Peripheral artery diseases and injuries to tissue reduce the amount of oxygen that reaches the affected muscles. Such ischemia is difficult to treat, as new vessels are required to carry more oxygen into damaged tissues. Stem cells derived from fat tissues have been shown to excrete substances that spur angiogenesis and calm nearby inflammation. But when these stem cells are simply injected into living animals, the effect doesn’t last long and the stem cells stop producing so-called paracrine factors that mediate new vessel formation.
Now, researchers at University of Illinois at Urbana-Champaign have been able to attach tumor necrosis factor ? (TNF?), a compound that motivates stem cells to produce paracrine factors, directly onto stem cells. The team relied on liposomal nanoparticles to hold onto TNF? molecules, which they were able to bind to the stem cells and use them to generate the compounds that promote vessel growth.
“The primary benefit of stem cells toward tissue regeneration is not necessarily the ability for the cells to replace lost tissue, but to release beneficial growth factors and cytokines that assist in the process,” said Marni Boppart, co-author of the study appearing in journal ACS Nano, in a U of I press release. “The nanostimulators allow cells to release the beneficial factors longer than they would otherwise. This provides a significant advantage, particularly when cells are transplanted into injured, diseased or aged tissues.”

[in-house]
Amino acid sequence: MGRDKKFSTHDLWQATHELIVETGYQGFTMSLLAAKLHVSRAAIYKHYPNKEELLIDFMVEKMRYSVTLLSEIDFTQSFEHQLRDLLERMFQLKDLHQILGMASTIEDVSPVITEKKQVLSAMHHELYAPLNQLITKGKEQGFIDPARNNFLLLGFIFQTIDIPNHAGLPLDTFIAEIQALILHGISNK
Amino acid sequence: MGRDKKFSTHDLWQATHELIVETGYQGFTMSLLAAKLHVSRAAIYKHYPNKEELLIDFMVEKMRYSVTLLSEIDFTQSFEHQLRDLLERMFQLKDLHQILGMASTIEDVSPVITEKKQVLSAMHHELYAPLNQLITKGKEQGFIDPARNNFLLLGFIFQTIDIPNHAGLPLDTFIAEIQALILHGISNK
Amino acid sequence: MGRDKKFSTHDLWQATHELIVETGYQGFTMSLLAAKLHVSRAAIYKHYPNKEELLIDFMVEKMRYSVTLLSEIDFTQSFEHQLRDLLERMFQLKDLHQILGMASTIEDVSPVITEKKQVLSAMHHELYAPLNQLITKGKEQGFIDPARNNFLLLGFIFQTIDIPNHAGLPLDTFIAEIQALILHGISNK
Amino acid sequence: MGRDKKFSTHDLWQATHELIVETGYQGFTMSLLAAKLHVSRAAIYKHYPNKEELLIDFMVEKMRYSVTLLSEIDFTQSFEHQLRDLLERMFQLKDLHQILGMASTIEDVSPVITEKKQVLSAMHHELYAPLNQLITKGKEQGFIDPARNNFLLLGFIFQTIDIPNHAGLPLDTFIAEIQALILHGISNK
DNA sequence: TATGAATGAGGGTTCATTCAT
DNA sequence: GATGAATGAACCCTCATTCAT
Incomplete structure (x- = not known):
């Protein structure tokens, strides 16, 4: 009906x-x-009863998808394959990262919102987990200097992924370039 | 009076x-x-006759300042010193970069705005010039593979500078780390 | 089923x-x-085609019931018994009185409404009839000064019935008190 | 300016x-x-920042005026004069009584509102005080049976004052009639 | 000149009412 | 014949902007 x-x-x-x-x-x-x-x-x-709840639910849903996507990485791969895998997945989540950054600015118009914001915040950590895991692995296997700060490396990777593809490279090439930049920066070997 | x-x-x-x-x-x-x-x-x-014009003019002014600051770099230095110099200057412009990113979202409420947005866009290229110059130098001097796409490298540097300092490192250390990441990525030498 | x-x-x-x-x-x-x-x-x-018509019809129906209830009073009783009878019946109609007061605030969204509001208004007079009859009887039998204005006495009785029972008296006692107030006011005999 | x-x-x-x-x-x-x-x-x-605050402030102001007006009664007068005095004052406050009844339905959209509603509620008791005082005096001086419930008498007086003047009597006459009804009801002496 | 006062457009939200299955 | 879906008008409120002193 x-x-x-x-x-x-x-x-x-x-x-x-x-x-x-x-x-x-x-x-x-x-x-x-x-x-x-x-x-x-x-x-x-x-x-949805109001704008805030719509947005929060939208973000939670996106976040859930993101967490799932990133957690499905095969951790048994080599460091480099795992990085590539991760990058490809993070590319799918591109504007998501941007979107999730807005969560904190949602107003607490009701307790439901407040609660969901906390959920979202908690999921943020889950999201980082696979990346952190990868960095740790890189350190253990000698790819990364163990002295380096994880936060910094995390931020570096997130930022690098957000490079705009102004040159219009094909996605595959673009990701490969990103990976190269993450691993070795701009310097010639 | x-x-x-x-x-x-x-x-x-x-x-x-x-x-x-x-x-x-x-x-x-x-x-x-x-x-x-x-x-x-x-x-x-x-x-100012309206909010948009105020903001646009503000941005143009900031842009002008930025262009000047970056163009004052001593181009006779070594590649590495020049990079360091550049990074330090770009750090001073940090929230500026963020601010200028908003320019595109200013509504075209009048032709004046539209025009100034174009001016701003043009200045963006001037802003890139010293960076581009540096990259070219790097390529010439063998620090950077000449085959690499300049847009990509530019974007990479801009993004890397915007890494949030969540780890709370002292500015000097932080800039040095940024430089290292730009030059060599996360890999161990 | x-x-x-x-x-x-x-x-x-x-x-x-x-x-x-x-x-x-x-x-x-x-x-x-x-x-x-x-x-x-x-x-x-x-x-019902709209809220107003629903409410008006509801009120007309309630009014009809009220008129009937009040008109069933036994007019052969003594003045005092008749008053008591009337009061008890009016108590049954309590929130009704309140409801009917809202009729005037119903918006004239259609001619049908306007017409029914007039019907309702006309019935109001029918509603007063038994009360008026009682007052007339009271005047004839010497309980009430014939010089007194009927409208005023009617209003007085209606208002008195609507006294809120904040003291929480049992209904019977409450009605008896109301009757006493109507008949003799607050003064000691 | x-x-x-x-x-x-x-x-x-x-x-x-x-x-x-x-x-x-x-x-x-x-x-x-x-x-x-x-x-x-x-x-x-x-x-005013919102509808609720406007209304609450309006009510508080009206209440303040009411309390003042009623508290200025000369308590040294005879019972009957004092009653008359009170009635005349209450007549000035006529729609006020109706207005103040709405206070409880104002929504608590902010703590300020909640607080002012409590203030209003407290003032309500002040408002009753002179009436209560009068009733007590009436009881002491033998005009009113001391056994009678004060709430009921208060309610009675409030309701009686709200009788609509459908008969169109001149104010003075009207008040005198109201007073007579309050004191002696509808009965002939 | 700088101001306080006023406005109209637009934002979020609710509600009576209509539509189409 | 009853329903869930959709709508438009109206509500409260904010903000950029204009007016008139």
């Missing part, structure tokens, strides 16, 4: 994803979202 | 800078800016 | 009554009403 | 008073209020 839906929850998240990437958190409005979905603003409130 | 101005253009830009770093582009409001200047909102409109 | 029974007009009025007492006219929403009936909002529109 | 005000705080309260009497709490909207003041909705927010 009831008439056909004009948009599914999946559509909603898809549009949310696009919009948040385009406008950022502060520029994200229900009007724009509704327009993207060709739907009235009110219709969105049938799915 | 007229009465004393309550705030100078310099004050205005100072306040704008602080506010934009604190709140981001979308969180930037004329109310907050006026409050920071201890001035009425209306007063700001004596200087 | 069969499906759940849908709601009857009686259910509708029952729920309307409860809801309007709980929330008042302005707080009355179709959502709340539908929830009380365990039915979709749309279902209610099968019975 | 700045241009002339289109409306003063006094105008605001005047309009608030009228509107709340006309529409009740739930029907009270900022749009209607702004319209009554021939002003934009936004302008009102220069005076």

These newly modified stem cells have already been tried on mice with ischemia in the legs, resulting in improved blood flow and elevated oxygen levels compared with controls. The mice also were able to return faster to a more healthy walking gait and they were able to travel for longer distances as well.
“We propose that this method is better than methods that require chemical preconditioning, which can affect the viability of the stem cells, take 24 hours or more of culturing and have limited-time effects,” added Hyunjoon Kong, the scientist that led this latest research. “Our idea is to collect adipose tissue in the operating room, separate the stem cells, mix in the nanostimuators and reinject them into the patient – all in one procedure.”
Study in journal ACS Nano: Surface Tethering of Inflammation-Modulatory Nanostimulators to Stem Cells for Ischemic Muscle Repair
Via: University of Illinois at Urbana-Champaign